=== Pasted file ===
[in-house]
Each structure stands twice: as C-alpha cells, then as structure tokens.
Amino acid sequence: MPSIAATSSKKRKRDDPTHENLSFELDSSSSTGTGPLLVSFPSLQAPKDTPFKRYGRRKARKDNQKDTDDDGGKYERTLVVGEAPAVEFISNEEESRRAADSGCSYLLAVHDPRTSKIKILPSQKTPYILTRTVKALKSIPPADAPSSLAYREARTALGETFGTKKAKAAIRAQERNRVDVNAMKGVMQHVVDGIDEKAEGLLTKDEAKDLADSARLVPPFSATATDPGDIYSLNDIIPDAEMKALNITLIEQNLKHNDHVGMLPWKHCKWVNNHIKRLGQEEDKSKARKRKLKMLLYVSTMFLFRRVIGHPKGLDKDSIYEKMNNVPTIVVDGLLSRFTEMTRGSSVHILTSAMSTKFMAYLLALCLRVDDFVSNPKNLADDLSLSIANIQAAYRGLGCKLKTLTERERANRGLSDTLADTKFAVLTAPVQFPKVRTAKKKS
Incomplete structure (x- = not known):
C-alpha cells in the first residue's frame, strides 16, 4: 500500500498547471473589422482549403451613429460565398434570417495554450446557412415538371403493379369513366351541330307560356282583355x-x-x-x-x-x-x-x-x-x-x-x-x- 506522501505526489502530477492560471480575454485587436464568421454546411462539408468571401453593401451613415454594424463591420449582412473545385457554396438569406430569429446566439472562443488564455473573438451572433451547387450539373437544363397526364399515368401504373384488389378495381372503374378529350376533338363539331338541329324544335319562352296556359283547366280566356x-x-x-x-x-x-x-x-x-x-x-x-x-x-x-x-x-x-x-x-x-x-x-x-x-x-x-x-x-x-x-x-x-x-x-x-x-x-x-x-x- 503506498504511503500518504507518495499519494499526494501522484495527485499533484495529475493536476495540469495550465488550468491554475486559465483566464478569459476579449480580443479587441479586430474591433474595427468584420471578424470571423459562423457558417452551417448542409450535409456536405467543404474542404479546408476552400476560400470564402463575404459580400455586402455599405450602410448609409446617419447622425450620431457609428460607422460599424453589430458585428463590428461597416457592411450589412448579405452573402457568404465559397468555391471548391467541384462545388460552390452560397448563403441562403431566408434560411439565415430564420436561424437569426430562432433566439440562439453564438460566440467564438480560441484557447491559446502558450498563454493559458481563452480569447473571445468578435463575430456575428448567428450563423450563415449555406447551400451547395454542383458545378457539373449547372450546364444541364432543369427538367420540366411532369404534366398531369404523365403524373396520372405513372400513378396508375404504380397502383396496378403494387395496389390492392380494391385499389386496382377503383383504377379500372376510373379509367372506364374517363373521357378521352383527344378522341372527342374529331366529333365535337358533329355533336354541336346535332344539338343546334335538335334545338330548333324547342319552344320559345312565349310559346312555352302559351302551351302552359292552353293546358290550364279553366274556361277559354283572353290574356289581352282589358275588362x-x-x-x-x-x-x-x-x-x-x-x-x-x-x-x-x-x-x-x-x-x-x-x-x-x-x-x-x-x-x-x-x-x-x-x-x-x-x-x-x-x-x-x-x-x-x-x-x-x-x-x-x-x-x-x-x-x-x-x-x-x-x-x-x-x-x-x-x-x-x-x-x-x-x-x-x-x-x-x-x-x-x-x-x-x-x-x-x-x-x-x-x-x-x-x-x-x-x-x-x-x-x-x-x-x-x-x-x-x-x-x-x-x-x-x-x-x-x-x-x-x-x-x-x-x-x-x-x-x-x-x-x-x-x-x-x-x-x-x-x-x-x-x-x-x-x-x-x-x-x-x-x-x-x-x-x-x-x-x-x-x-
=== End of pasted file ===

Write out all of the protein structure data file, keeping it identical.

[in-house]
Each structure stands twice: as C-alpha cells, then as structure tokens.
Amino acid sequence: MPSIAATSSKKRKRDDPTHENLSFELDSSSSTGTGPLLVSFPSLQAPKDTPFKRYGRRKARKDNQKDTDDDGGKYERTLVVGEAPAVEFISNEEESRRAADSGCSYLLAVHDPRTSKIKILPSQKTPYILTRTVKALKSIPPADAPSSLAYREARTALGETFGTKKAKAAIRAQERNRVDVNAMKGVMQHVVDGIDEKAEGLLTKDEAKDLADSARLVPPFSATATDPGDIYSLNDIIPDAEMKALNITLIEQNLKHNDHVGMLPWKHCKWVNNHIKRLGQEEDKSKARKRKLKMLLYVSTMFLFRRVIGHPKGLDKDSIYEKMNNVPTIVVDGLLSRFTEMTRGSSVHILTSAMSTKFMAYLLALCLRVDDFVSNPKNLADDLSLSIANIQAAYRGLGCKLKTLTERERANRGLSDTLADTKFAVLTAPVQFPKVRTAKKKS
Incomplete structure (x- = not known):
C-alpha cells in the first residue's frame, strides 16, 4: 500500500498547471473589422482549403451613429460565398434570417495554450446557412415538371403493379369513366351541330307560356282583355x-x-x-x-x-x-x-x-x-x-x-x-x- 506522501505526489502530477492560471480575454485587436464568421454546411462539408468571401453593401451613415454594424463591420449582412473545385457554396438569406430569429446566439472562443488564455473573438451572433451547387450539373437544363397526364399515368401504373384488389378495381372503374378529350376533338363539331338541329324544335319562352296556359283547366280566356x-x-x-x-x-x-x-x-x-x-x-x-x-x-x-x-x-x-x-x-x-x-x-x-x-x-x-x-x-x-x-x-x-x-x-x-x-x-x-x-x- 503506498504511503500518504507518495499519494499526494501522484495527485499533484495529475493536476495540469495550465488550468491554475486559465483566464478569459476579449480580443479587441479586430474591433474595427468584420471578424470571423459562423457558417452551417448542409450535409456536405467543404474542404479546408476552400476560400470564402463575404459580400455586402455599405450602410448609409446617419447622425450620431457609428460607422460599424453589430458585428463590428461597416457592411450589412448579405452573402457568404465559397468555391471548391467541384462545388460552390452560397448563403441562403431566408434560411439565415430564420436561424437569426430562432433566439440562439453564438460566440467564438480560441484557447491559446502558450498563454493559458481563452480569447473571445468578435463575430456575428448567428450563423450563415449555406447551400451547395454542383458545378457539373449547372450546364444541364432543369427538367420540366411532369404534366398531369404523365403524373396520372405513372400513378396508375404504380397502383396496378403494387395496389390492392380494391385499389386496382377503383383504377379500372376510373379509367372506364374517363373521357378521352383527344378522341372527342374529331366529333365535337358533329355533336354541336346535332344539338343546334335538335334545338330548333324547342319552344320559345312565349310559346312555352302559351302551351302552359292552353293546358290550364279553366274556361277559354283572353290574356289581352282589358275588362x-x-x-x-x-x-x-x-x-x-x-x-x-x-x-x-x-x-x-x-x-x-x-x-x-x-x-x-x-x-x-x-x-x-x-x-x-x-x-x-x-x-x-x-x-x-x-x-x-x-x-x-x-x-x-x-x-x-x-x-x-x-x-x-x-x-x-x-x-x-x-x-x-x-x-x-x-x-x-x-x-x-x-x-x-x-x-x-x-x-x-x-x-x-x-x-x-x-x-x-x-x-x-x-x-x-x-x-x-x-x-x-x-x-x-x-x-x-x-x-x-x-x-x-x-x-x-x-x-x-x-x-x-x-x-x-x-x-x-x-x-x-x-x-x-x-x-x-x-x-x-x-x-x-x-x-x-x-x-x-x-x-